7. Thank you to all for helping me cover the bases. From your links I have uncovered a couple of cheesecake recipes that I am anxious to try as well! I gather from your posts that the "spong cake" creating the short cake is a classic French genoise that borrows exclusively from French tecnique and ingredients. Out of curiosity, is there usually a soaking syrup applied to the cakes prioir to the cream being layered? Does Japanese confectionary sugar, or 10x, contain any corn starch? American 10x does, but as far as I know, the French version does not.
  8. A local farmer in my area gave me some of his last crop of beautiful, organic strawberries of the year. I would like to create a Japanese strawberry shortcake, but don't know where to begin. As an American who knows little about Japanese pastry techniques, I could use some help solving the "short-cakie" mystery. Is the difference, from American shortcakes in the type of flour used, in the mixing, or something else? Does anyone care to share a good recipe? And since I'm on the subject of mysterious/alluring baked goods, can anyone shed some light on the Japanese cheesecake? As a side-note, I realize that these sweets are not what Japan is necessarily the most proud of or famous for, but I love them anyways! Any help would be greatly appreciated.
  9. Look out for LuQa Restaurant coming to Dallas in November. See www.dallasroofgardens.com . Sorry to hear about the LBM closing.
  10. Secretly adding citric acid powder to the line cooks drinks...that's always fun!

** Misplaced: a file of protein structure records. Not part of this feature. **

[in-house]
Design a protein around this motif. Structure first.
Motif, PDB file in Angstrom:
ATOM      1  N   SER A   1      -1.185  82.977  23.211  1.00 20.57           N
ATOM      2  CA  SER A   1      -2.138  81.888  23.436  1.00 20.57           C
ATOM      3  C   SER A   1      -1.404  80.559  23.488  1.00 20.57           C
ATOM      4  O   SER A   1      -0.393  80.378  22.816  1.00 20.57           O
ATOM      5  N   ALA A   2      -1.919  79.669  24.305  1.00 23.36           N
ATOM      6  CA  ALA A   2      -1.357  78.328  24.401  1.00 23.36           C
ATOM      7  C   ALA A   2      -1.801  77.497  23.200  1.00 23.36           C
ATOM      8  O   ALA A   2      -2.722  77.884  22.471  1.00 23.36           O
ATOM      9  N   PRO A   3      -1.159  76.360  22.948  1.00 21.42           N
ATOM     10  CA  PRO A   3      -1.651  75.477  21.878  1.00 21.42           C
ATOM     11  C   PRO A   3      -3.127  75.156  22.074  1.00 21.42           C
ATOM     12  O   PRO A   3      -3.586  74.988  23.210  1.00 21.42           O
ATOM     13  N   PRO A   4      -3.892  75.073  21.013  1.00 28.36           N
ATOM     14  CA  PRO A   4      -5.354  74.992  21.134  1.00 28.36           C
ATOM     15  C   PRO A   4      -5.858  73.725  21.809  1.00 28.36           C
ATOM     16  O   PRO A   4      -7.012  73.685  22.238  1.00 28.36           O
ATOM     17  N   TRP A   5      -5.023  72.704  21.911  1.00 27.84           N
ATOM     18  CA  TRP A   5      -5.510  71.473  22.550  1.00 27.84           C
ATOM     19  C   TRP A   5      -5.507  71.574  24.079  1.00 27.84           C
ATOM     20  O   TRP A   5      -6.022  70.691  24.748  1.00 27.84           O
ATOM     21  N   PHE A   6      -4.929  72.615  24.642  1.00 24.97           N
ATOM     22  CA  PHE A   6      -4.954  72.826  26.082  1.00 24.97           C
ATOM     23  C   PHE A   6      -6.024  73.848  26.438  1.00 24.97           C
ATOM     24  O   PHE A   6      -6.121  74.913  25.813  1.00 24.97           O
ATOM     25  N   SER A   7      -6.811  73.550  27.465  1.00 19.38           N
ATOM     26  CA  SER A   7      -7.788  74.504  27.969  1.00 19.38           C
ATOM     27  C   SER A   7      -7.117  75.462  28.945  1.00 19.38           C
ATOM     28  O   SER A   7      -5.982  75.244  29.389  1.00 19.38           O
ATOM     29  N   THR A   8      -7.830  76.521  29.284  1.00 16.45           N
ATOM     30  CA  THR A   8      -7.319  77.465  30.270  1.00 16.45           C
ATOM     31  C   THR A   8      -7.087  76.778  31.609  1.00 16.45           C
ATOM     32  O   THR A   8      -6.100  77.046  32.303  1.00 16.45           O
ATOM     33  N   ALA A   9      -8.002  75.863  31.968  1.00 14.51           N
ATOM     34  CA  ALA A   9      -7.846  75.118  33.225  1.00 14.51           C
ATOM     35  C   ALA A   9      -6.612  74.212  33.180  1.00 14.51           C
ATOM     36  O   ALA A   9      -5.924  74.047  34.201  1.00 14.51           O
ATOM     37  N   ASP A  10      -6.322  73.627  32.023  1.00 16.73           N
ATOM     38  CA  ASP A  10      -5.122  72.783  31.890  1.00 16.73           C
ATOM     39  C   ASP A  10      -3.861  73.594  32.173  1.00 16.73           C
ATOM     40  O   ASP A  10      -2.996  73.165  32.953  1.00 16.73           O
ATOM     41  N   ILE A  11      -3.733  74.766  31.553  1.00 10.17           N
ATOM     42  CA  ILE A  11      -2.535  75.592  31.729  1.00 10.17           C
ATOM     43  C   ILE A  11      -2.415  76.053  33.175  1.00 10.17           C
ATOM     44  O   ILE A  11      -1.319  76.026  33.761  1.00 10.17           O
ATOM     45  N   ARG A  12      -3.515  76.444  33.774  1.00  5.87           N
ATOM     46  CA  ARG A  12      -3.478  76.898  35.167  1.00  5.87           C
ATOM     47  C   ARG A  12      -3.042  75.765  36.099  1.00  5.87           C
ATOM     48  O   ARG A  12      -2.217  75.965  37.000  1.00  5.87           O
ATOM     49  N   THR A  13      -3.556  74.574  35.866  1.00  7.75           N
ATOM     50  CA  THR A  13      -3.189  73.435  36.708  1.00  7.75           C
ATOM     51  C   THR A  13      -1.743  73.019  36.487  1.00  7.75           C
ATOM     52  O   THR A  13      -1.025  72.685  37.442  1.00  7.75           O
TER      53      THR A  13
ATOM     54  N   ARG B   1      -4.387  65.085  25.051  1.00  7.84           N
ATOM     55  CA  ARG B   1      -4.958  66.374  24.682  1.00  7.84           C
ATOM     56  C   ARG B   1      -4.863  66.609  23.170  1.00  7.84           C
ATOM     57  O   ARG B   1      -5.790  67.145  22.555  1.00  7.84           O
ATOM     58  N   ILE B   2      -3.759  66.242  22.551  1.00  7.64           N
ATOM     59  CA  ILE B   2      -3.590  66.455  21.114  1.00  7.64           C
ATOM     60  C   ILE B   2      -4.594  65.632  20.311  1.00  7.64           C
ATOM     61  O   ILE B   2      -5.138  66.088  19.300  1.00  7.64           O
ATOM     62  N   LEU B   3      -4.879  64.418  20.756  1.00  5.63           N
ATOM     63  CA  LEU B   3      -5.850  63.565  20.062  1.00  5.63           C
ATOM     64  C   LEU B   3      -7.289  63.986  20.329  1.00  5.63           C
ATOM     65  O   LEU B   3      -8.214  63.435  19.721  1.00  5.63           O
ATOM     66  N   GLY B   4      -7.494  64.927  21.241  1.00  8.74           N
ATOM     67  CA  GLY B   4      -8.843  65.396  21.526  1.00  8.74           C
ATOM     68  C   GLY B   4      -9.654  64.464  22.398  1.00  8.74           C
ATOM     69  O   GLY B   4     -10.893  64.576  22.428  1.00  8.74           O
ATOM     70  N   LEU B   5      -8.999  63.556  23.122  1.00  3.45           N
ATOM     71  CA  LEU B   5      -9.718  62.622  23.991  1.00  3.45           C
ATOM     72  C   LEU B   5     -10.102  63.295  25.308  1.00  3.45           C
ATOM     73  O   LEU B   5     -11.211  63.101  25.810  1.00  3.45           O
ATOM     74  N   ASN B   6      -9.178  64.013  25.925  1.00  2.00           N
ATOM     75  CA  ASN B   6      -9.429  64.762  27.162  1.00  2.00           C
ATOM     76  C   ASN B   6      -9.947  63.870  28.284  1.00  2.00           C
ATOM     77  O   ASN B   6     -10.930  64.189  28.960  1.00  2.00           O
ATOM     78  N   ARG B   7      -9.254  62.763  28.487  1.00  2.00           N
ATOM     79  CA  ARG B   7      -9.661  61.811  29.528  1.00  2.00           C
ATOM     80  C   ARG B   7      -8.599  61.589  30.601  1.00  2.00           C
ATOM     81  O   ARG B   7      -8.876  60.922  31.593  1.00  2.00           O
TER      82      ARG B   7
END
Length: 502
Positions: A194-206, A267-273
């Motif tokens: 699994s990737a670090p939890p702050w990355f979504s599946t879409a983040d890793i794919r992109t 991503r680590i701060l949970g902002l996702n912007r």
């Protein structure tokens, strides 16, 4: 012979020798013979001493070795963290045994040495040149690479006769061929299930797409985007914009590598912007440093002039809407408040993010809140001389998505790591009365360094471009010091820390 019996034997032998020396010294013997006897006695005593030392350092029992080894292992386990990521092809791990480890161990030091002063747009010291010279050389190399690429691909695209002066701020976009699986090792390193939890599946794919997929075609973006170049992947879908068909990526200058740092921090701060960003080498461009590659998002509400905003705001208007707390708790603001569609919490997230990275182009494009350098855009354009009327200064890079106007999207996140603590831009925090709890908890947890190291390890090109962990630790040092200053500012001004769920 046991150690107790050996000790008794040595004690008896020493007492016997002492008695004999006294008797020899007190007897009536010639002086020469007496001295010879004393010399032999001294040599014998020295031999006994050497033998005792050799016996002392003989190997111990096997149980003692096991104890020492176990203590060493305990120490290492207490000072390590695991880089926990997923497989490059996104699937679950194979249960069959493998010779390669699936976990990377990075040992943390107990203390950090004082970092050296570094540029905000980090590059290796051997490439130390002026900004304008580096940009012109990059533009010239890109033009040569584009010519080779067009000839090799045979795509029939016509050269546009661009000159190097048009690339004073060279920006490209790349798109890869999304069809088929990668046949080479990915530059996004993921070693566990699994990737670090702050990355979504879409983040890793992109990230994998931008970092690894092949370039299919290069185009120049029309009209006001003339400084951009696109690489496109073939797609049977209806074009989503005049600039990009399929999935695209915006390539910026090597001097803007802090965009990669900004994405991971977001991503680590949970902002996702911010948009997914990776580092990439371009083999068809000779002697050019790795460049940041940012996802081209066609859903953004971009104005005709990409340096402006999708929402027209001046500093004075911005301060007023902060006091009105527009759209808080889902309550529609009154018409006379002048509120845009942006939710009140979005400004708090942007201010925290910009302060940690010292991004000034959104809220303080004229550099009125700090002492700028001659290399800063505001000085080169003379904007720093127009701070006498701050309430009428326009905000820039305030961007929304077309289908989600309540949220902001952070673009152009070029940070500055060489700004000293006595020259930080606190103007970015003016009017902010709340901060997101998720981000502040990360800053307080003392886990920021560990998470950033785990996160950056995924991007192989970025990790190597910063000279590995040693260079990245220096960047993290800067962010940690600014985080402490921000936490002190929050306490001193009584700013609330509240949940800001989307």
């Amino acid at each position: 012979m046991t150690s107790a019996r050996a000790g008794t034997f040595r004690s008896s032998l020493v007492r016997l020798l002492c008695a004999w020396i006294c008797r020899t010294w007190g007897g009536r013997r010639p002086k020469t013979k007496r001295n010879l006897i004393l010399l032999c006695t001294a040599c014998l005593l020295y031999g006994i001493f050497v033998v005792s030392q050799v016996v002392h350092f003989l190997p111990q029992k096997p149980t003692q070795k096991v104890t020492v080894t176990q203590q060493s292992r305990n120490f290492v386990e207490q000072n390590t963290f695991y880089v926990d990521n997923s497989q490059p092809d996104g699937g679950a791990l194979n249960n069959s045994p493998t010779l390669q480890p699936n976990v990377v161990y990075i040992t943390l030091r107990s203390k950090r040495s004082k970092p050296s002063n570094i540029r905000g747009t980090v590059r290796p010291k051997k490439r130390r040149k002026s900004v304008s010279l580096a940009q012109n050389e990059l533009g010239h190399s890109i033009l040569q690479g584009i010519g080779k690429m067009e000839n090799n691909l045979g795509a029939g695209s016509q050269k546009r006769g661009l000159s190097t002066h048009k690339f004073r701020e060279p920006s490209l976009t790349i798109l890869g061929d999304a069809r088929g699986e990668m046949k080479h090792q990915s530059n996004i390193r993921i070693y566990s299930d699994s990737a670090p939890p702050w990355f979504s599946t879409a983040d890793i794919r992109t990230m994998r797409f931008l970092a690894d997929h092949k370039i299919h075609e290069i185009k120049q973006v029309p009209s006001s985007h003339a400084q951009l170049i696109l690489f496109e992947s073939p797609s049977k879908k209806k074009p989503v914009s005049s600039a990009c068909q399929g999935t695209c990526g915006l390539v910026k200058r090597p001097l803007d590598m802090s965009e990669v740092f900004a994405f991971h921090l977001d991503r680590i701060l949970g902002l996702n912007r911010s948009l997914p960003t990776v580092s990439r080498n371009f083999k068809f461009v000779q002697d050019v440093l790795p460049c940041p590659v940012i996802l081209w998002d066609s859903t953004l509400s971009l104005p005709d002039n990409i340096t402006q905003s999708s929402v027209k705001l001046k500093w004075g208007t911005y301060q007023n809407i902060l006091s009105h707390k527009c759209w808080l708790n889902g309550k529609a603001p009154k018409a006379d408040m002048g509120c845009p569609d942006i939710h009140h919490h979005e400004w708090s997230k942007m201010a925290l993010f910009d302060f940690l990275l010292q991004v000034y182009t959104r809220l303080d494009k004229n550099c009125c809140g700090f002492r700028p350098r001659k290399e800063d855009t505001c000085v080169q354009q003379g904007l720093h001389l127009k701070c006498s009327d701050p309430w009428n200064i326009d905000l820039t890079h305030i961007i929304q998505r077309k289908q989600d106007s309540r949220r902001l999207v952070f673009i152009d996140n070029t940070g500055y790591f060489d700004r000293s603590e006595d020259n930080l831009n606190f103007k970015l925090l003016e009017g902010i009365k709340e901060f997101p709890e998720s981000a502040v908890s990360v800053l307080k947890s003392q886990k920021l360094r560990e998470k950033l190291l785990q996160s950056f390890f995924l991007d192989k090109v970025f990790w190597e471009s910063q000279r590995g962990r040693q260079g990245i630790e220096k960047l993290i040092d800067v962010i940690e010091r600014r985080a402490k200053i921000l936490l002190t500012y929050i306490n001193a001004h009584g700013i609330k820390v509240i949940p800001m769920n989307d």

11. Rodney CK that cake does look moist and delicious! I have a recipe for Green Tea Marbled Pound Cake that I love! I can't remember where I found it, but if anyone is interested... Yeild 1 standard loaf pan 375 degrees F 1 1/2 c. AP Flour 3/4 tsp. Baking Powder dash of Salt 3 Eggs 1c. Sugar 1/2c. full-fat Yogurt (don't skimp on the fat!) 1tsp Vanilla Extract 1/2c. Melted Butter 1 to 2 Tblsp. Matcha Powder 2tsp. Water (hot) Sift dry flour, baking powder, and salt together. Beat the eggs and sugar until creamy, then add sifted dry ingredients to combine. Next add yogurt and vanilla extract to combine. Combine the matcha and water to make a paste. Add paste to half of the batter mixture. Pour remaining "white" batter into loaf pan first, then gently marble in the matcha batter. *I used beautiful organic matcha powder and it makes a difference. Careful when combining the matcha paste to the batter as it may produce clumps and require straining the batter. The end result is a delicate green and white pound cake that smells of heavenly green tea.
  • Create New...